About the Author
Lynn Reiser is the author of many popular books for children. She is a Clinical Professor of Psychiatry at Yale University and practices psychiatry in New Haven, Connecticut. She lives in a house in a garden in a forest in a town on the planet Earth.
In Her Own Words...
"I am a psychiatrist. Much of my time is spent practicing and teaching at Yale Medical School. In recent years I have also found pleasure in making books for children.
"My books start out as images and sketches and evolve as I draw them. Out of the art comes a dialogue, and from this the story emerges. Putting a picture book together is like playing a game--there are rules and surprises. The book must have a beginning, a middle, and an end, and fit into a set number of pages and a particular size.
"I draw wherever and whenever I have timewaiting in a train station, sitting by a stream, even on an airplane. Sometimes I begin sketches for a book years before I have a complete story or text. I draw the whole book in whatever order the images come, then I cut and paste the drawings until they fit. I listen for the rhythm of the words and of the pictures-once I sense it, it becomes another guide and constraint. The finished book is always a surprise.
"I always knew I liked to draw. I did not know that I liked to write until after I began to do it. One of the first books I submitted to Susan Hirschman at Greenwillow Books was the wordless dummy for Bedtime Cat I asserted that the words were obvious. Susan said, "Then write them down." Through this process of "writing them down" I became a writer. Now I collect interesting words and phrases as well as sketches, and play with words as I play with images.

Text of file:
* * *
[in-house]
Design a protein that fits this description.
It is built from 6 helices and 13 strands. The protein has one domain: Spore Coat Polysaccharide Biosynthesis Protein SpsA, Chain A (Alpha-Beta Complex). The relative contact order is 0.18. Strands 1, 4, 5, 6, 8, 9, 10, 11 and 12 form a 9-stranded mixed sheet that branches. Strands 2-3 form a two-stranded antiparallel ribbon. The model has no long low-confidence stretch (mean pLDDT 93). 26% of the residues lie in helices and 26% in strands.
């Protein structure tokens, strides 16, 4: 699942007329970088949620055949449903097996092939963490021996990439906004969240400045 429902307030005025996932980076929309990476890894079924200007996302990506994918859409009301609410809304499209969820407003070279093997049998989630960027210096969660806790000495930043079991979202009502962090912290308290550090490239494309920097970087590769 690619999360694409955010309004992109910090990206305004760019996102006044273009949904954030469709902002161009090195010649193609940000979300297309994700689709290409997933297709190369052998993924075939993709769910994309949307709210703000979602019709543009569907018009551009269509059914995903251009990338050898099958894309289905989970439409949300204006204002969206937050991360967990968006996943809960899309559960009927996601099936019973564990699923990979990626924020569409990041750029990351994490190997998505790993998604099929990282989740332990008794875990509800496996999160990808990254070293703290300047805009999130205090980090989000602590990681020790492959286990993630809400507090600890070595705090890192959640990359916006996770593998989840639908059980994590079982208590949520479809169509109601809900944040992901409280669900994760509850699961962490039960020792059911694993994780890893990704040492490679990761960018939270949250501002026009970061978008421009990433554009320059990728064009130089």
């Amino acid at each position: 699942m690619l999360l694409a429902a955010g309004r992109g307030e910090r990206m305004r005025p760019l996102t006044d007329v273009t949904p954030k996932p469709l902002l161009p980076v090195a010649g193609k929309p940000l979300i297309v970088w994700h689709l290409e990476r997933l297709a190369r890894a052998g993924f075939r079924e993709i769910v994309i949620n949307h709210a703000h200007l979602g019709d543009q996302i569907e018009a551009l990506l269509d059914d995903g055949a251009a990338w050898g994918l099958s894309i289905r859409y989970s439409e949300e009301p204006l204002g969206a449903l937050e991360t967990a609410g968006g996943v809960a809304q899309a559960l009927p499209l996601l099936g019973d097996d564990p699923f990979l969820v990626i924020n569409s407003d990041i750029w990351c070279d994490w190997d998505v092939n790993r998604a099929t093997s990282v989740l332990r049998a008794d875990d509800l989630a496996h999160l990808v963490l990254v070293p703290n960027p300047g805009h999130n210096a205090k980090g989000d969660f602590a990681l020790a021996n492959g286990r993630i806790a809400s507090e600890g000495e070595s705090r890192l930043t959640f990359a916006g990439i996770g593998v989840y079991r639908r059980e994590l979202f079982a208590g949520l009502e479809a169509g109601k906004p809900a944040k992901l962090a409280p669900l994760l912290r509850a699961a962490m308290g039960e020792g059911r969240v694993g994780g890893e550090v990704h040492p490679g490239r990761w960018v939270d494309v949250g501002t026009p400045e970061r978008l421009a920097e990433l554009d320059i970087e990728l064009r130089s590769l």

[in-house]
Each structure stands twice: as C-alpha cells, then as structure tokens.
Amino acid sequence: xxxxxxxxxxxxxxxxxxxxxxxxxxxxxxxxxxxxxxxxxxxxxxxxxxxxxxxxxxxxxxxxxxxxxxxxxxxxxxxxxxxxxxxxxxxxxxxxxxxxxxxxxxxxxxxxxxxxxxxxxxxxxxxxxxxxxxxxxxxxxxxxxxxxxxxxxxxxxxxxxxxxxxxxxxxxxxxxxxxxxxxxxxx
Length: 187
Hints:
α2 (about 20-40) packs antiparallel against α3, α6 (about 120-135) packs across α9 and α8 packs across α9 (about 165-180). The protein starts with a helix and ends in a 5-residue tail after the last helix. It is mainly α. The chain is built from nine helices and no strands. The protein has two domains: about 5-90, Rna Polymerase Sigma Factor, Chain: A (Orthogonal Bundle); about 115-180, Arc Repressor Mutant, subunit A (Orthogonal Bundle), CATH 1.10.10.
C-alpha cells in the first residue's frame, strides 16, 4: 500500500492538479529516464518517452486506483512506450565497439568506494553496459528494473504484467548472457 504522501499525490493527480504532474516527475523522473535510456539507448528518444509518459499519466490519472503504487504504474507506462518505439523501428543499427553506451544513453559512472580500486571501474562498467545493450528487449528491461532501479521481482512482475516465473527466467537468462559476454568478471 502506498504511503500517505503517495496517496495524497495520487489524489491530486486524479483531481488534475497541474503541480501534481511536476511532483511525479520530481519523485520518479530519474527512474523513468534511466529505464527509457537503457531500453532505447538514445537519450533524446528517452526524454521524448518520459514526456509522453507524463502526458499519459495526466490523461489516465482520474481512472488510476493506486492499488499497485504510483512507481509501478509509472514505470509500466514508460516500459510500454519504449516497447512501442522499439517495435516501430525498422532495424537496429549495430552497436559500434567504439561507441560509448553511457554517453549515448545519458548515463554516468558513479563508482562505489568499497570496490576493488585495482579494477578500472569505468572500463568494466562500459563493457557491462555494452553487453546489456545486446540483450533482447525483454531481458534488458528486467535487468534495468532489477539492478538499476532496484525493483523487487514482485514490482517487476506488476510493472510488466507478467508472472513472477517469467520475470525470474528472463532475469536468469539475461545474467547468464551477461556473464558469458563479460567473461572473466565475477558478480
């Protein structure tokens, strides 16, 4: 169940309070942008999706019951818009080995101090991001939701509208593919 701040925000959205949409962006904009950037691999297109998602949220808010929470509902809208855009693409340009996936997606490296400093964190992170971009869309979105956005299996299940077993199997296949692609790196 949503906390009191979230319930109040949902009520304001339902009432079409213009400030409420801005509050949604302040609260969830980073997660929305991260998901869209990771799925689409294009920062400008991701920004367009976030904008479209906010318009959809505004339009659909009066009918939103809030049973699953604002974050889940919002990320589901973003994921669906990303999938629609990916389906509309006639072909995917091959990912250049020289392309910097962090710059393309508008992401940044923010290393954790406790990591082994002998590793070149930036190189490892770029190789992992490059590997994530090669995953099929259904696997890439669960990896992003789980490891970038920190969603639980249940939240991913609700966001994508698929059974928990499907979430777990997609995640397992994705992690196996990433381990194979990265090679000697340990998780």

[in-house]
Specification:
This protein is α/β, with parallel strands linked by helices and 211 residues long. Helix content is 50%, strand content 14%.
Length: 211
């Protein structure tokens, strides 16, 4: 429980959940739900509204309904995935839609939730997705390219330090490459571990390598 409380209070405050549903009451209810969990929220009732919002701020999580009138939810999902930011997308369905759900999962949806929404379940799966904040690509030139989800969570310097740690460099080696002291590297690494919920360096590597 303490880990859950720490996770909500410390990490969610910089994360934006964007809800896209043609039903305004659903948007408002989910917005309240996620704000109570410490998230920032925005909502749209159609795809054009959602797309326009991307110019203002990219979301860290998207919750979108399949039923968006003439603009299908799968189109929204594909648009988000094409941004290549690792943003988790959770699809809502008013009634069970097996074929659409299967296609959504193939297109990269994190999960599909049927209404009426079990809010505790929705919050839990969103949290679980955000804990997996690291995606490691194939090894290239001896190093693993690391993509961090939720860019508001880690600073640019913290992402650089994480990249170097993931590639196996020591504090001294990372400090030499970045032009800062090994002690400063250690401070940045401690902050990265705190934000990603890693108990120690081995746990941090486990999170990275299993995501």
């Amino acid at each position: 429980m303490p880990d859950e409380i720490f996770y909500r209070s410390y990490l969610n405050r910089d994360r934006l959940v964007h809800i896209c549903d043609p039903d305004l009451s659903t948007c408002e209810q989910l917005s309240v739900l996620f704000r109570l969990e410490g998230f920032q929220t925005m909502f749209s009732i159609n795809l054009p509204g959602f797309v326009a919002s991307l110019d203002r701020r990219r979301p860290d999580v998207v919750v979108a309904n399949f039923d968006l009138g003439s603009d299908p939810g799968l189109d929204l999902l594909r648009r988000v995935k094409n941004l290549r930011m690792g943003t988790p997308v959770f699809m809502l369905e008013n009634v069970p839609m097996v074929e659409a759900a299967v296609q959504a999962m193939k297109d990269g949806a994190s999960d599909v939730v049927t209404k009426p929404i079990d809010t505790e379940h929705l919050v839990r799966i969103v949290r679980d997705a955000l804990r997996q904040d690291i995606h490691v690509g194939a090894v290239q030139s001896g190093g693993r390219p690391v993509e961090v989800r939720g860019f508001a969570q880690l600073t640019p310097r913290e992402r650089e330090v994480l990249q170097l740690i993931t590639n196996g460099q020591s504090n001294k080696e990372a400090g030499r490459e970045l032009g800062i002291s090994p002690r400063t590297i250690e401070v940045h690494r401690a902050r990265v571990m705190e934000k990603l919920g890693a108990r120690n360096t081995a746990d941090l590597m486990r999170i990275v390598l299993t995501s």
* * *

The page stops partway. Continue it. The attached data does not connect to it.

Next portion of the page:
"I like to learn as much as I can about nature, the world, and people. Studying biology and medicine and psychology satisfies my curiosity about these subjects, and practicing psychiatry and teaching fulfill my wish to work with people and to help them. At first glance this sort of work may seem very different from the process of making picture books. But I feel that it is similar in that much of what I do as a physician is help others to express themselves, to discover their own stories, and to fit them together to make more sense of their lives. Words and dream images appear in my work every day. Metaphors and stories are part of communicating with students and patients.
"I have learned to trust that whatever comes to mind and hand is likely to be relevant and useful, no matter how silly it may seem at first.
"Making books is hard work, but it is a joy."